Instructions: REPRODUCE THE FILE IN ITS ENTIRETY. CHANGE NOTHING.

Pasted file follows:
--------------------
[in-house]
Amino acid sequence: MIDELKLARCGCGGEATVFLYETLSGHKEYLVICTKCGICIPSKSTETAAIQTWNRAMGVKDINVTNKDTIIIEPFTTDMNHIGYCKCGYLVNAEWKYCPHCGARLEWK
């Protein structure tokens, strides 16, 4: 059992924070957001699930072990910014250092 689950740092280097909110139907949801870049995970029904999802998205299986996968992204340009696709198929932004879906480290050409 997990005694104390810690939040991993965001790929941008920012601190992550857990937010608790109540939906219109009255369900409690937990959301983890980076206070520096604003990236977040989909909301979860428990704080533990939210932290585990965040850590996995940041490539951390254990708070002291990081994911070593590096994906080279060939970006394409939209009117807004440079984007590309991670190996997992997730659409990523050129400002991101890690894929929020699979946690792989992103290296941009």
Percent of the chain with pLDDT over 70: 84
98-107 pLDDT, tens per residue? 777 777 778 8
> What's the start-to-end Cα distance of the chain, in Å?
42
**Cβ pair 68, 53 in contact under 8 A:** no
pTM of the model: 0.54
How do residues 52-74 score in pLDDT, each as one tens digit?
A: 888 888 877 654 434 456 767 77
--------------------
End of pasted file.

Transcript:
[in-house]
Amino acid sequence: MIDELKLARCGCGGEATVFLYETLSGHKEYLVICTKCGICIPSKSTETAAIQTWNRAMGVKDINVTNKDTIIIEPFTTDMNHIGYCKCGYLVNAEWKYCPHCGARLEWK
């Protein structure tokens, strides 16, 4: 059992924070957001699930072990910014250092 689950740092280097909110139907949801870049995970029904999802998205299986996968992204340009696709198929932004879906480290050409 997990005694104390810690939040991993965001790929941008920012601190992550857990937010608790109540939906219109009255369900409690937990959301983890980076206070520096604003990236977040989909909301979860428990704080533990939210932290585990965040850590996995940041490539951390254990708070002291990081994911070593590096994906080279060939970006394409939209009117807004440079984007590309991670190996997992997730659409990523050129400002991101890690894929929020699979946690792989992103290296941009």
Percent of the chain with pLDDT over 70: 84
98-107 pLDDT, tens per residue? 777 777 778 8
> What's the start-to-end Cα distance of the chain, in Å?
42
**Cβ pair 68, 53 in contact under 8 A:** no
pTM of the model: 0.54
How do residues 52-74 score in pLDDT, each as one tens digit?
A: 888 888 877 654 434 456 767 77